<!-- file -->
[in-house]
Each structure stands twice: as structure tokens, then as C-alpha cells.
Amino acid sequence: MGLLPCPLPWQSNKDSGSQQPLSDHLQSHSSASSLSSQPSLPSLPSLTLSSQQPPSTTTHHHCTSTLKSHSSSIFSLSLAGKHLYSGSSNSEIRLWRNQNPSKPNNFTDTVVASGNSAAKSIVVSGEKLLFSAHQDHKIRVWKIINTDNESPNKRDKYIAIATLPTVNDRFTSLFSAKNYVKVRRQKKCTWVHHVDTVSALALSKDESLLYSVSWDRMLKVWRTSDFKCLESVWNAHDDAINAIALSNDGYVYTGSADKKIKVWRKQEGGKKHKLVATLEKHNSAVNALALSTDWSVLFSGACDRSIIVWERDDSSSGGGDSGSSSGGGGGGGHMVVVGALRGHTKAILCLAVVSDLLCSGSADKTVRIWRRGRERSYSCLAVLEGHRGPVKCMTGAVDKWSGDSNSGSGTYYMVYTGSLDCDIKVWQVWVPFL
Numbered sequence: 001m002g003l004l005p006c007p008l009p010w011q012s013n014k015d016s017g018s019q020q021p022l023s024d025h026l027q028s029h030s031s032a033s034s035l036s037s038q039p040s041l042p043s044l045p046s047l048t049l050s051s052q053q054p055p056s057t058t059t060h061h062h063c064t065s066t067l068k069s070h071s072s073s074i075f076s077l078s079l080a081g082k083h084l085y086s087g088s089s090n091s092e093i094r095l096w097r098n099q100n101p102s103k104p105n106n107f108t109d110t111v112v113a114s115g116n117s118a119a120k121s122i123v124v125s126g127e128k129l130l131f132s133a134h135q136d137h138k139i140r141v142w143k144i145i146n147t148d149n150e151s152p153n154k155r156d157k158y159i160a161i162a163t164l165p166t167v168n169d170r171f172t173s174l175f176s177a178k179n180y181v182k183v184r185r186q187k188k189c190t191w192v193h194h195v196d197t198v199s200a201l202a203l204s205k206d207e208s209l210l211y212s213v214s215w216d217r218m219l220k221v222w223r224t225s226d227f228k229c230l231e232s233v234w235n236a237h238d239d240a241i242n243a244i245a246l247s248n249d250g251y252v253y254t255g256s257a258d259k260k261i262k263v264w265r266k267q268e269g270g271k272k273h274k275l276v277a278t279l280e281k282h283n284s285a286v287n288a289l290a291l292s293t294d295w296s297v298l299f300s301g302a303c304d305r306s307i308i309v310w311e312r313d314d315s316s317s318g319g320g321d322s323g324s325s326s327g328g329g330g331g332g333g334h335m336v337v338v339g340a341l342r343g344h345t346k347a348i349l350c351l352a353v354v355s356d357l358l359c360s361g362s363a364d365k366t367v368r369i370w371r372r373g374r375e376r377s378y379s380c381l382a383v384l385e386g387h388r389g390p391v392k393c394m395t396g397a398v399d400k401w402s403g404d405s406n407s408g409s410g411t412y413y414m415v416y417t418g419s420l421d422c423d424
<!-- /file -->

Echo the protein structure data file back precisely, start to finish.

[in-house]
Each structure stands twice: as structure tokens, then as C-alpha cells.
Amino acid sequence: MGLLPCPLPWQSNKDSGSQQPLSDHLQSHSSASSLSSQPSLPSLPSLTLSSQQPPSTTTHHHCTSTLKSHSSSIFSLSLAGKHLYSGSSNSEIRLWRNQNPSKPNNFTDTVVASGNSAAKSIVVSGEKLLFSAHQDHKIRVWKIINTDNESPNKRDKYIAIATLPTVNDRFTSLFSAKNYVKVRRQKKCTWVHHVDTVSALALSKDESLLYSVSWDRMLKVWRTSDFKCLESVWNAHDDAINAIALSNDGYVYTGSADKKIKVWRKQEGGKKHKLVATLEKHNSAVNALALSTDWSVLFSGACDRSIIVWERDDSSSGGGDSGSSSGGGGGGGHMVVVGALRGHTKAILCLAVVSDLLCSGSADKTVRIWRRGRERSYSCLAVLEGHRGPVKCMTGAVDKWSGDSNSGSGTYYMVYTGSLDCDIKVWQVWVPFL
Numbered sequence: 001m002g003l004l005p006c007p008l009p010w011q012s013n014k015d016s017g018s019q020q021p022l023s024d025h026l027q028s029h030s031s032a033s034s035l036s037s038q039p040s041l042p043s044l045p046s047l048t049l050s051s052q053q054p055p056s057t058t059t060h061h062h063c064t065s066t067l068k069s070h071s072s073s074i075f076s077l078s079l080a081g082k083h084l085y086s087g088s089s090n091s092e093i094r095l096w097r098n099q100n101p102s103k104p105n106n107f108t109d110t111v112v113a114s115g116n117s118a119a120k121s122i123v124v125s126g127e128k129l130l131f132s133a134h135q136d137h138k139i140r141v142w143k144i145i146n147t148d149n150e151s152p153n154k155r156d157k158y159i160a161i162a163t164l165p166t167v168n169d170r171f172t173s174l175f176s177a178k179n180y181v182k183v184r185r186q187k188k189c190t191w192v193h194h195v196d197t198v199s200a201l202a203l204s205k206d207e208s209l210l211y212s213v214s215w216d217r218m219l220k221v222w223r224t225s226d227f228k229c230l231e232s233v234w235n236a237h238d239d240a241i242n243a244i245a246l247s248n249d250g251y252v253y254t255g256s257a258d259k260k261i262k263v264w265r266k267q268e269g270g271k272k273h274k275l276v277a278t279l280e281k282h283n284s285a286v287n288a289l290a291l292s293t294d295w296s297v298l299f300s301g302a303c304d305r306s307i308i309v310w311e312r313d314d315s316s317s318g319g320g321d322s323g324s325s326s327g328g329g330g331g332g333g334h335m336v337v338v339g340a341l342r343g344h345t346k347a348i349l350c351l352a353v354v355s356d357l358l359c360s361g362s363a364d365k366t367v368r369i370w371r372r373g374r375e376r377s378y379s380c381l382a383v384l385e386g387h388r389g390p391v392k393c394m395t396g397a398v399d400k401w402s403g404d405s406n407s408g409s410g411t412y413y414m415v416y417t418g419s420l421d422c423d424